Virtual line technology at Volcano Bay causing long waits

Customers are keeping Universal Orlando's new Volcano Bay waterpark filled to capacity most days, but not all visitors are pleased with the experience.

Much of the frustration stems from the new virtual lines technology that is keeping patrons waiting for hours to ride a single ride. With the use of the TapuTapu bracelets, visitors can reserve their place in line virtually and then do other things around the park. But the problem is the technology only allows visitors to tap into one of the 16 slides at a time. The wait can be up to 3 hours, and visitors cannot choose another experience until their wait time is up. This leaves them to spend most of their time on one of the two river experiences or on the beach.

Daily admission is $67.

"There was just so much people. We had to wait so much time always," said Johana Piedra, who spent Friday at Volcano Bay with a group of friends from Ecuador.

Universal spokesman Tom Schroder said the complaints have been heard but insisted things have improved since the May 25 official opening of Volcano Bay.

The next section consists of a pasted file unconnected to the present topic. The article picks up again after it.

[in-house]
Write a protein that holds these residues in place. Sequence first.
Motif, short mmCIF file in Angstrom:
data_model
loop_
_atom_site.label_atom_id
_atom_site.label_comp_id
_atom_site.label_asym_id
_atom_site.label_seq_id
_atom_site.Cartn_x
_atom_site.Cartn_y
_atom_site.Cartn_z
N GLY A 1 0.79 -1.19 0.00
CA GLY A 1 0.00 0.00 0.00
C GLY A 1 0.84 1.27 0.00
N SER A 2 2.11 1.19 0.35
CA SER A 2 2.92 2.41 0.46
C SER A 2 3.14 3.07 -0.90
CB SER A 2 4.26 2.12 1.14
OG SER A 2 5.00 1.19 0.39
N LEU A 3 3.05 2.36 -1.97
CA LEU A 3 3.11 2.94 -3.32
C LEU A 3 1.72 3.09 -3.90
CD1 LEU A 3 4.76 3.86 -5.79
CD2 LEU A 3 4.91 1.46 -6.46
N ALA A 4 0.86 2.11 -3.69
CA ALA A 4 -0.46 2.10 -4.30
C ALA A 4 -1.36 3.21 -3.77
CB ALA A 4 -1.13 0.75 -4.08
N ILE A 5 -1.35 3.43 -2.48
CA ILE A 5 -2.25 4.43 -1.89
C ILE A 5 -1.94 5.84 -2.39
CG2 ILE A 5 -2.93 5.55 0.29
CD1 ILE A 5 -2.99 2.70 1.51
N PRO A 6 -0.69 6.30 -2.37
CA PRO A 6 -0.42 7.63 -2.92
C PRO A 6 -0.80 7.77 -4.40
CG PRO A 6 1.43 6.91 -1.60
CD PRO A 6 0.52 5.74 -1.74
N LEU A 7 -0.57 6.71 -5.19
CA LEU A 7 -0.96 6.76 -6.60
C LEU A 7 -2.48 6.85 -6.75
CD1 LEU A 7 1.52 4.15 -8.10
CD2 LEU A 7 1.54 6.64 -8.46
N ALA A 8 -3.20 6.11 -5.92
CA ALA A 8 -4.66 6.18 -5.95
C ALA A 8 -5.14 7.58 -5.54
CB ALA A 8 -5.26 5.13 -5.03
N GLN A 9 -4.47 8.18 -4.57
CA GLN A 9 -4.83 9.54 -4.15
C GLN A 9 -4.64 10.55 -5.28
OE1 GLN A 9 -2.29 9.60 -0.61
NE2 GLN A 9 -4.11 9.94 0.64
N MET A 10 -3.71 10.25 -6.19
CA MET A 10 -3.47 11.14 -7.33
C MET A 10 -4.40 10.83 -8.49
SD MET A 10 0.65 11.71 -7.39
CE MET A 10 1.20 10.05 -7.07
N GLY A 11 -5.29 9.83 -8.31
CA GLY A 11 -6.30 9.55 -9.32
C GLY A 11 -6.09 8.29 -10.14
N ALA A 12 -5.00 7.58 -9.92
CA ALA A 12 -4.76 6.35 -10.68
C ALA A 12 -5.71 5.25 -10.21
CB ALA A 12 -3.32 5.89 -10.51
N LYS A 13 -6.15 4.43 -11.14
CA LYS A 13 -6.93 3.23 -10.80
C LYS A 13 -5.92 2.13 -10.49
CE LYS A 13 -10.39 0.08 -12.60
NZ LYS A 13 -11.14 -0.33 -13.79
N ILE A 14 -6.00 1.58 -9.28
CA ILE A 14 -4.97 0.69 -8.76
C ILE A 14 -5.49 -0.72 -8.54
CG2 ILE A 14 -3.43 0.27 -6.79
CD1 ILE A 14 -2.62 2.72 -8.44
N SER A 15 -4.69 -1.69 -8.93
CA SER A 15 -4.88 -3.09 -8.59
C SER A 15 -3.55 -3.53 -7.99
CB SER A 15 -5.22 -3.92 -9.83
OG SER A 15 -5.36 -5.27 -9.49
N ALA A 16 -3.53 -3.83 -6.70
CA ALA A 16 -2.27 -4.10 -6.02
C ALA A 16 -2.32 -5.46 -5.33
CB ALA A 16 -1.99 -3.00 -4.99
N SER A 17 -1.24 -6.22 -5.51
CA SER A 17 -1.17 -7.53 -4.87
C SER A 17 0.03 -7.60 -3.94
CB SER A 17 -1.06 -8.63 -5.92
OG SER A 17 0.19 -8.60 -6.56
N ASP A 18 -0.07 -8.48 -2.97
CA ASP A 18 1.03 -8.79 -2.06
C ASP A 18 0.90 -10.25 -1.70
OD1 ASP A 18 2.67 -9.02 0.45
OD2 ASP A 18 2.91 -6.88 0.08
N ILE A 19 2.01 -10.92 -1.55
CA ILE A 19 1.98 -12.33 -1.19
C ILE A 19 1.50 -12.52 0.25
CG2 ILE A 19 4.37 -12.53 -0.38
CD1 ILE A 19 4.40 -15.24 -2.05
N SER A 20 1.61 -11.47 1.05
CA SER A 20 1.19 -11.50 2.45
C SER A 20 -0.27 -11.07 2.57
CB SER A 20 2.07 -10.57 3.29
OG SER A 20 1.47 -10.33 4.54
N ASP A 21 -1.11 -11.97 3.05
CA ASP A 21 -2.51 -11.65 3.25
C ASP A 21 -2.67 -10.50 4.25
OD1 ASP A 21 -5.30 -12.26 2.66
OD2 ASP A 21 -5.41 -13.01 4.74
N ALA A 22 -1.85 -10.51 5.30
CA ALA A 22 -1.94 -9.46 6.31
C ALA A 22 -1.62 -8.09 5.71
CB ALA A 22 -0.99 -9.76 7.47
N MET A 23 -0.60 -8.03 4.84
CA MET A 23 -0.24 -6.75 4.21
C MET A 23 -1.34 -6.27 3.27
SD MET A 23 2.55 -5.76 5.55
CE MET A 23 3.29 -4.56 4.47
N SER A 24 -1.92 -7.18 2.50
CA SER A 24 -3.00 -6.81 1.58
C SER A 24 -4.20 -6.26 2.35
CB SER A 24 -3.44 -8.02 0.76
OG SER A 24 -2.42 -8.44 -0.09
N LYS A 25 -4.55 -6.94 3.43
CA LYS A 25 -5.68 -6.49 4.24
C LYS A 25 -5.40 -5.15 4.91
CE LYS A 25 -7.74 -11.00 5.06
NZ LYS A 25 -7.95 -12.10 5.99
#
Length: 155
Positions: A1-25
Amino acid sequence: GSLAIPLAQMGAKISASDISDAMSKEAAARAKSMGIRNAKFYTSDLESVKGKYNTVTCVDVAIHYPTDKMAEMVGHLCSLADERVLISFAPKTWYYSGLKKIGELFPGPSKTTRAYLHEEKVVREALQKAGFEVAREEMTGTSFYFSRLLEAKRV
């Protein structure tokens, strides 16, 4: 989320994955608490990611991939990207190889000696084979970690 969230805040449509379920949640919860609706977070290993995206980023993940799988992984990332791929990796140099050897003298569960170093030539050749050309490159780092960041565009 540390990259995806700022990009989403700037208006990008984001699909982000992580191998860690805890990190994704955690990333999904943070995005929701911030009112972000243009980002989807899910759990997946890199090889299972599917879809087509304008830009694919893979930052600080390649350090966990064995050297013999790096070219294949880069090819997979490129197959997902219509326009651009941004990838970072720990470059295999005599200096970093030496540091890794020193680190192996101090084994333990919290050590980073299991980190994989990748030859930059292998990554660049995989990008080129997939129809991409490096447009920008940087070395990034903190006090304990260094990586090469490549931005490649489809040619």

"Absolutely we know that we have frustrated some of our guests," Schroder said.

Thousands pack the park daily, and it is not uncommon for patrons to be turned away an hour after opening because Volcano Bay is filled to capacity.

Joseph Archie, who drove from Tampa with his family, said they arrived when the park opened at 9 a.m. Friday and were forced to leave around 3 p.m. because of rain and lightning. Archie said they were only able to tap into one slide, and their complaints got them on a second slide.

"It's not worth it," Archie said. "I've had the experience, but I wouldn't come back, not like that. They have to change the wait time."

Schroder attributes some of the frustration to the park being new.

"It's not unexpected," Schroder said of some of the complaints. "We knew that we were taking theme park technology to an entirely new level. We tested as hard as we could, and we worked as hard as we could to get things ready but there is no test like opening day."